Think of how many children would not be in the foster care system or orphaned if people who COULD have children would take the selfless step of adopting a child. Geez, it may or may not be better to adopt from an orphanage than to have your own kids, but if adopting is really the right thing to do, why is it only the responsibility of infertile couples to adopt? Nobody should be getting pregnant themselves if that's the case.

      May 10, 2011 at 11:41 am |
    • Kris

      It is so easy to judge when you are not in the same position. I hope all those critical of the process never go through the heartbreak of infertilty. It is painful, and believe me it is not an easy choice to make. My husband and I did plenty of soul searching before deciding to go through this process. We do not need others to do that for us. We are perfectly capable of coming to a thoughtfull decision on our own. It is a private decision, and everyone should just mind their own business. If IVF isn't for you, great. You don't have to pursue it. You also don't have the right to force your religious beliefs on those who don't share your particular doctrine.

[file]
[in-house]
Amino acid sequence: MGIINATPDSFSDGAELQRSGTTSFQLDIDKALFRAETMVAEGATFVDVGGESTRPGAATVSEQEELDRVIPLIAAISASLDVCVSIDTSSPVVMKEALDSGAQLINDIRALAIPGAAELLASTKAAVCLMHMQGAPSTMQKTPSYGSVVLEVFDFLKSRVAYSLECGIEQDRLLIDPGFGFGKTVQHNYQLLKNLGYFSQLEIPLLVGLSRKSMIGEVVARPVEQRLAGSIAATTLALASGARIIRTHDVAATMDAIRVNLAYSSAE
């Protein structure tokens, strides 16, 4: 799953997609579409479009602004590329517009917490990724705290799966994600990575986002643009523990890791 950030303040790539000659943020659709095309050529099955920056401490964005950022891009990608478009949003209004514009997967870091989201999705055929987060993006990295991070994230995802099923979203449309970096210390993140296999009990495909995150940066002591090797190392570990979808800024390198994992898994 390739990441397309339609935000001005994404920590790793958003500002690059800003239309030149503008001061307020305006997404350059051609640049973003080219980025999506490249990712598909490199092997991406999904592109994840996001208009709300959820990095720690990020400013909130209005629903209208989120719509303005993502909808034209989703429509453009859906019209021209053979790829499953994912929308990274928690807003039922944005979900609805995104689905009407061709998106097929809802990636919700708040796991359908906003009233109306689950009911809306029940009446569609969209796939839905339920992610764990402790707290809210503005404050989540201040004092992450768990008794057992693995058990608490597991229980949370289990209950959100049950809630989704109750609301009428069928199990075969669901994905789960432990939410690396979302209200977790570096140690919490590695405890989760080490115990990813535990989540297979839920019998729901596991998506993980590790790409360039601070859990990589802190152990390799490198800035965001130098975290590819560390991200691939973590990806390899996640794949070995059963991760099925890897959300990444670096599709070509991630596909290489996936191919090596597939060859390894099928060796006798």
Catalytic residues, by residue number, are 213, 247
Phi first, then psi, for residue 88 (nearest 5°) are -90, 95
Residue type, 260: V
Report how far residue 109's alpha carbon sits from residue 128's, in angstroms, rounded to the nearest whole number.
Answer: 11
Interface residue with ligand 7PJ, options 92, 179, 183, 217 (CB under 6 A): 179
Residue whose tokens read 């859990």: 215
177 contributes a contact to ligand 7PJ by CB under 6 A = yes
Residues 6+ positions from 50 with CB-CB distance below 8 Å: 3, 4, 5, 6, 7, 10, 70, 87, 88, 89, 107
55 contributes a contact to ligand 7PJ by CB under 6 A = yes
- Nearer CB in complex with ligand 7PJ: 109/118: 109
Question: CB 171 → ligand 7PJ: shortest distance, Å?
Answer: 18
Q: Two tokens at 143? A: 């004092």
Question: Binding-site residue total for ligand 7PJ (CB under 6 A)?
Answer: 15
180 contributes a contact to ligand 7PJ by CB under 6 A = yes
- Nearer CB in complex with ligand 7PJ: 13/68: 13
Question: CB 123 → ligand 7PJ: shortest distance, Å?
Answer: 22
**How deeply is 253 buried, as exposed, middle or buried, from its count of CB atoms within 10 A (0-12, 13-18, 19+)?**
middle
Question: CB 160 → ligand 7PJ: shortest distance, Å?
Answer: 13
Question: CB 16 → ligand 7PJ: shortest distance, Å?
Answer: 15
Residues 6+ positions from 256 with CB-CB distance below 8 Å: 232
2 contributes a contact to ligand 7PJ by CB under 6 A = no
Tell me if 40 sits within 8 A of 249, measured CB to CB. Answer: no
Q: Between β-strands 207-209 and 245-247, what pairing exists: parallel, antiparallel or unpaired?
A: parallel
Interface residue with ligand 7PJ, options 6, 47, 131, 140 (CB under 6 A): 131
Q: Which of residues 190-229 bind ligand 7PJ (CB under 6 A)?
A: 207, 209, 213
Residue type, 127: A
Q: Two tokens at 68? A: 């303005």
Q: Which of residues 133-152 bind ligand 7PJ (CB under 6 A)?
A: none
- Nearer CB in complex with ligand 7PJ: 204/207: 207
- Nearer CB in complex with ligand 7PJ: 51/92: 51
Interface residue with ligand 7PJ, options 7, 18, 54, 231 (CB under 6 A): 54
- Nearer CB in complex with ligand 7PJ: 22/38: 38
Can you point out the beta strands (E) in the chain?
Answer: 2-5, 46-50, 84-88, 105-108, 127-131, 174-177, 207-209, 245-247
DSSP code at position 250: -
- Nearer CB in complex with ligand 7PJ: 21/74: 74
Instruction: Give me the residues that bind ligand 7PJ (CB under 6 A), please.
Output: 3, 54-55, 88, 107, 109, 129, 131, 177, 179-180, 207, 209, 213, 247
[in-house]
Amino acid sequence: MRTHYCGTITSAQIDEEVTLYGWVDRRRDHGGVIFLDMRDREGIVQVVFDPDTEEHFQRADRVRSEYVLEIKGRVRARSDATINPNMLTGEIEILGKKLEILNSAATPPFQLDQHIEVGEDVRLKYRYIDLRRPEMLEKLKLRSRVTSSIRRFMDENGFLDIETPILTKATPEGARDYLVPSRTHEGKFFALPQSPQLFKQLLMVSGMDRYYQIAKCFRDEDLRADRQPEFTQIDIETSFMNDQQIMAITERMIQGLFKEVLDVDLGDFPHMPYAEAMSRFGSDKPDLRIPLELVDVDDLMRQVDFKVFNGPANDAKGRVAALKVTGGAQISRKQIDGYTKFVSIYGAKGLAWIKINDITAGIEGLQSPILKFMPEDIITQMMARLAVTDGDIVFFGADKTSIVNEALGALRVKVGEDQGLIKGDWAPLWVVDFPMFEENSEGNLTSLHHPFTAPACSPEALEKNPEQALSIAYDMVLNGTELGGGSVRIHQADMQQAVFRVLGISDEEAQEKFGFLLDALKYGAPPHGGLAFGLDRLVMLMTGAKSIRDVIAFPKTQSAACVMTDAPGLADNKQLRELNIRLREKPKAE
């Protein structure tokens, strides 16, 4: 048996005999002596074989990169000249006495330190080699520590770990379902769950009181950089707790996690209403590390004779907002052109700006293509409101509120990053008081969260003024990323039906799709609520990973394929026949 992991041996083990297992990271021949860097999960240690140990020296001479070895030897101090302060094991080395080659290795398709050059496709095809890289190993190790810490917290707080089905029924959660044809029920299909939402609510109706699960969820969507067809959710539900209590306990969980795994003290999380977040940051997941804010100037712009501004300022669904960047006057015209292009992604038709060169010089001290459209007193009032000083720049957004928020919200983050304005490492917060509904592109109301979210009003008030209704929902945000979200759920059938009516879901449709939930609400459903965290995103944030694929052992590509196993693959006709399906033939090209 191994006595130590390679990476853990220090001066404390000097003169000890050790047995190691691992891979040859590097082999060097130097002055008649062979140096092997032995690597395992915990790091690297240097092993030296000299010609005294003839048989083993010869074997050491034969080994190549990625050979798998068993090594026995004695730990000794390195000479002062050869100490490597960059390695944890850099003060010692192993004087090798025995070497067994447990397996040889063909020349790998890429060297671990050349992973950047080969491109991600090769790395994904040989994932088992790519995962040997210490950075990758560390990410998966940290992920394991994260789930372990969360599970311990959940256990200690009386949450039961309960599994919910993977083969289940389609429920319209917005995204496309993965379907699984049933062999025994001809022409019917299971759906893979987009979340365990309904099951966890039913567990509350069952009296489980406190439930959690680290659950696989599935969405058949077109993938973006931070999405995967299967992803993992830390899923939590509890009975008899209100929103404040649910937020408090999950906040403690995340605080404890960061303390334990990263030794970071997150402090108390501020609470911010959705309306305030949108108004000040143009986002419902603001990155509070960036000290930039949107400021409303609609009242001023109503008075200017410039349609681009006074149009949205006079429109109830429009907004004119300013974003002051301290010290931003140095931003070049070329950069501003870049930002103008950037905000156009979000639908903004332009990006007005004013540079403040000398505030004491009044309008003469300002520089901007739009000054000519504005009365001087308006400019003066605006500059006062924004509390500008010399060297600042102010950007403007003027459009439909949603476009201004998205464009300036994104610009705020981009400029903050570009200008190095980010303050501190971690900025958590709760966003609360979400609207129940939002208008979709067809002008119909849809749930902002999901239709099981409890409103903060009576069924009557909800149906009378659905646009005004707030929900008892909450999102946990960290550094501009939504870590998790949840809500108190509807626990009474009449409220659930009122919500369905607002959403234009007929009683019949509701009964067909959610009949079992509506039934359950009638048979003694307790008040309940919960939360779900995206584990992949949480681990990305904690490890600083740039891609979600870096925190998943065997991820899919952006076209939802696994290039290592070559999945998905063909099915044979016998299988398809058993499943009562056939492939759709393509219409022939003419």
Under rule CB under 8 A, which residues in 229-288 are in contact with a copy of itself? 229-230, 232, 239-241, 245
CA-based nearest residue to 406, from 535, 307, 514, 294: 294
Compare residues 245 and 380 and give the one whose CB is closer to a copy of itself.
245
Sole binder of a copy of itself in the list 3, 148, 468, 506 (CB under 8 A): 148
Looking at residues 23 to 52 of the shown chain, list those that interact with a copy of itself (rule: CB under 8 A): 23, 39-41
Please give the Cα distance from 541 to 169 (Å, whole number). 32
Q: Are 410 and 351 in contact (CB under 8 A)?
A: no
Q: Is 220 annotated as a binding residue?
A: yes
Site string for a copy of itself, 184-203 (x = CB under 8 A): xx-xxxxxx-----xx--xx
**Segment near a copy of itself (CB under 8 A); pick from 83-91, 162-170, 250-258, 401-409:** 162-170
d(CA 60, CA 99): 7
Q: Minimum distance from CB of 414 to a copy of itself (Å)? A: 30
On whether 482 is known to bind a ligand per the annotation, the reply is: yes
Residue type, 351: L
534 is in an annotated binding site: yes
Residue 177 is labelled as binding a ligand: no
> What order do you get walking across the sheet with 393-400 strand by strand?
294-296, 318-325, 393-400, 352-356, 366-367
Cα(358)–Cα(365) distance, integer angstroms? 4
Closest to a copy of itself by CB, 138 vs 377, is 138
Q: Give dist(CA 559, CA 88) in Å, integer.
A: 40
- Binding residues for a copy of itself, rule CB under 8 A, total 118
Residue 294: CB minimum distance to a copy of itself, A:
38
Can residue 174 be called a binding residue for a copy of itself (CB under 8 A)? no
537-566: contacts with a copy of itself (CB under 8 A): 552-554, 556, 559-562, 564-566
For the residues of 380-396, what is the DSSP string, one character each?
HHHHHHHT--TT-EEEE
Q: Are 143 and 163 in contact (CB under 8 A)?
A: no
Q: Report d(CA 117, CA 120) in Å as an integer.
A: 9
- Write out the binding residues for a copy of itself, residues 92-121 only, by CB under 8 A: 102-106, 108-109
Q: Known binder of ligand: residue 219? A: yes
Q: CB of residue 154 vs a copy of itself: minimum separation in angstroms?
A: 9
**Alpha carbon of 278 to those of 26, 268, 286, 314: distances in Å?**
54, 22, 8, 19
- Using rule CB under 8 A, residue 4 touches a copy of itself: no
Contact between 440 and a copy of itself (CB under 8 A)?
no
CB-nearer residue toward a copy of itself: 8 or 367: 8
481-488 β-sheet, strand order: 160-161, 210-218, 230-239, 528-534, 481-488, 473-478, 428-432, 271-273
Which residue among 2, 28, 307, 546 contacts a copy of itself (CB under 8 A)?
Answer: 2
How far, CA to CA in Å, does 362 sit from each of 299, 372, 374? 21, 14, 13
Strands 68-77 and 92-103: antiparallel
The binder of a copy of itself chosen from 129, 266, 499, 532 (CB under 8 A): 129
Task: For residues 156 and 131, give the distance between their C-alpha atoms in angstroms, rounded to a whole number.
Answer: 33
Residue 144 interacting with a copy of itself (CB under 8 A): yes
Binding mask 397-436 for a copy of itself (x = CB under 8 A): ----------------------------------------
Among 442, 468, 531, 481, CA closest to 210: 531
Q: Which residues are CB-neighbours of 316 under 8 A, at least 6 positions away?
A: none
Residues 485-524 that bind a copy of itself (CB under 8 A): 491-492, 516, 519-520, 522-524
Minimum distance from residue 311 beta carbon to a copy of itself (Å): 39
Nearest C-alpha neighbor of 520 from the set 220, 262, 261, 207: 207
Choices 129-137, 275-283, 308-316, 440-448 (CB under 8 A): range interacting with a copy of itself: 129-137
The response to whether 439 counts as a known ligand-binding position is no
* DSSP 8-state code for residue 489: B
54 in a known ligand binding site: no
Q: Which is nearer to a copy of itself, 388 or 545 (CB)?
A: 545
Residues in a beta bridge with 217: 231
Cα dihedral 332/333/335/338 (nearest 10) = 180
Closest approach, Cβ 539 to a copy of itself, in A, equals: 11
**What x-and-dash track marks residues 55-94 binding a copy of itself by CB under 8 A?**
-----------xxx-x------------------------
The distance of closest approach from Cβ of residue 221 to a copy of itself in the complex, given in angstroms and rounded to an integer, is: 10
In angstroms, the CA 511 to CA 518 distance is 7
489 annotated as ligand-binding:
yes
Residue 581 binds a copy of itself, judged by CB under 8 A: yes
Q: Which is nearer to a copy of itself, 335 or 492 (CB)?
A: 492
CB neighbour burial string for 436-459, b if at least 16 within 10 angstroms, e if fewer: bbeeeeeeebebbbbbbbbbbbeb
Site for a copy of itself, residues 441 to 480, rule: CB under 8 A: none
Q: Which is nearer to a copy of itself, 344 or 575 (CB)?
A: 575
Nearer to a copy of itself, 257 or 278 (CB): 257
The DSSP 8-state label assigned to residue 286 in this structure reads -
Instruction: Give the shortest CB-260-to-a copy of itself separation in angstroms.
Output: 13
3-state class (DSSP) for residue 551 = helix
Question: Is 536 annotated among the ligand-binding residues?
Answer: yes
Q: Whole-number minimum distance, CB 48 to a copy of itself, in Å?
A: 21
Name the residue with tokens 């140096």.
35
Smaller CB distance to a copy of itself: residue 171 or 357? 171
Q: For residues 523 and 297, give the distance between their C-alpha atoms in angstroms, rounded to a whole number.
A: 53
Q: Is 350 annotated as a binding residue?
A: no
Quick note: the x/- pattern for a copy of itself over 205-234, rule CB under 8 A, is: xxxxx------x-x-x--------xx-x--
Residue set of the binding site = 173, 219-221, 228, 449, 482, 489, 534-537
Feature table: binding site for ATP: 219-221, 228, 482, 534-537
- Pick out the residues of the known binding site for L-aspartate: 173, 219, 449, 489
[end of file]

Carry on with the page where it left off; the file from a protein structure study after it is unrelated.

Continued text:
My advice, do as your heart tells you. No need to involve the Catholic Church or any other faith. The eggs you were born with belong to you and are yours to do with as you see fit. No other human has the right to tell you otherwise. There are people walking this earth that have done far worse than wanting to be parents.